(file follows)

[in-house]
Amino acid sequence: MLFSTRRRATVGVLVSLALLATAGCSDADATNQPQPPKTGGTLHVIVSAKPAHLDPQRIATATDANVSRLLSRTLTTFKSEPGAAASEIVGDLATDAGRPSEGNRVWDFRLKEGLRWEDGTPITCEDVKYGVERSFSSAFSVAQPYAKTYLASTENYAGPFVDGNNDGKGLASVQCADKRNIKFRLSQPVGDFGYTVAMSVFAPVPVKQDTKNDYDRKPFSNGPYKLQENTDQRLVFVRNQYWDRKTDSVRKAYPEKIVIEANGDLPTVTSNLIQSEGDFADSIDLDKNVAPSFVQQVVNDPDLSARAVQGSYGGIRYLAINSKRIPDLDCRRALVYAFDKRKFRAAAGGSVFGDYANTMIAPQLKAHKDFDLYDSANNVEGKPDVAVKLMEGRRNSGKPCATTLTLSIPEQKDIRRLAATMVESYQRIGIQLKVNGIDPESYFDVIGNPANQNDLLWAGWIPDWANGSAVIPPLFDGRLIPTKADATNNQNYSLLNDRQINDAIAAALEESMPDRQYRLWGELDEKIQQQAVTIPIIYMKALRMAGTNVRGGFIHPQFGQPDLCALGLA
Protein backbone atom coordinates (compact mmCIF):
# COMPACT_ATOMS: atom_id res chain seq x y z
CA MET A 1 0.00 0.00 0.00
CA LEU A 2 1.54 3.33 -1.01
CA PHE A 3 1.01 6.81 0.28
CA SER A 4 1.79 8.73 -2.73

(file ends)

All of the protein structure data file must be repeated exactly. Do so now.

[in-house]
Amino acid sequence: MLFSTRRRATVGVLVSLALLATAGCSDADATNQPQPPKTGGTLHVIVSAKPAHLDPQRIATATDANVSRLLSRTLTTFKSEPGAAASEIVGDLATDAGRPSEGNRVWDFRLKEGLRWEDGTPITCEDVKYGVERSFSSAFSVAQPYAKTYLASTENYAGPFVDGNNDGKGLASVQCADKRNIKFRLSQPVGDFGYTVAMSVFAPVPVKQDTKNDYDRKPFSNGPYKLQENTDQRLVFVRNQYWDRKTDSVRKAYPEKIVIEANGDLPTVTSNLIQSEGDFADSIDLDKNVAPSFVQQVVNDPDLSARAVQGSYGGIRYLAINSKRIPDLDCRRALVYAFDKRKFRAAAGGSVFGDYANTMIAPQLKAHKDFDLYDSANNVEGKPDVAVKLMEGRRNSGKPCATTLTLSIPEQKDIRRLAATMVESYQRIGIQLKVNGIDPESYFDVIGNPANQNDLLWAGWIPDWANGSAVIPPLFDGRLIPTKADATNNQNYSLLNDRQINDAIAAALEESMPDRQYRLWGELDEKIQQQAVTIPIIYMKALRMAGTNVRGGFIHPQFGQPDLCALGLA
Protein backbone atom coordinates (compact mmCIF):
# COMPACT_ATOMS: atom_id res chain seq x y z
CA MET A 1 0.00 0.00 0.00
CA LEU A 2 1.54 3.33 -1.01
CA PHE A 3 1.01 6.81 0.28
CA SER A 4 1.79 8.73 -2.73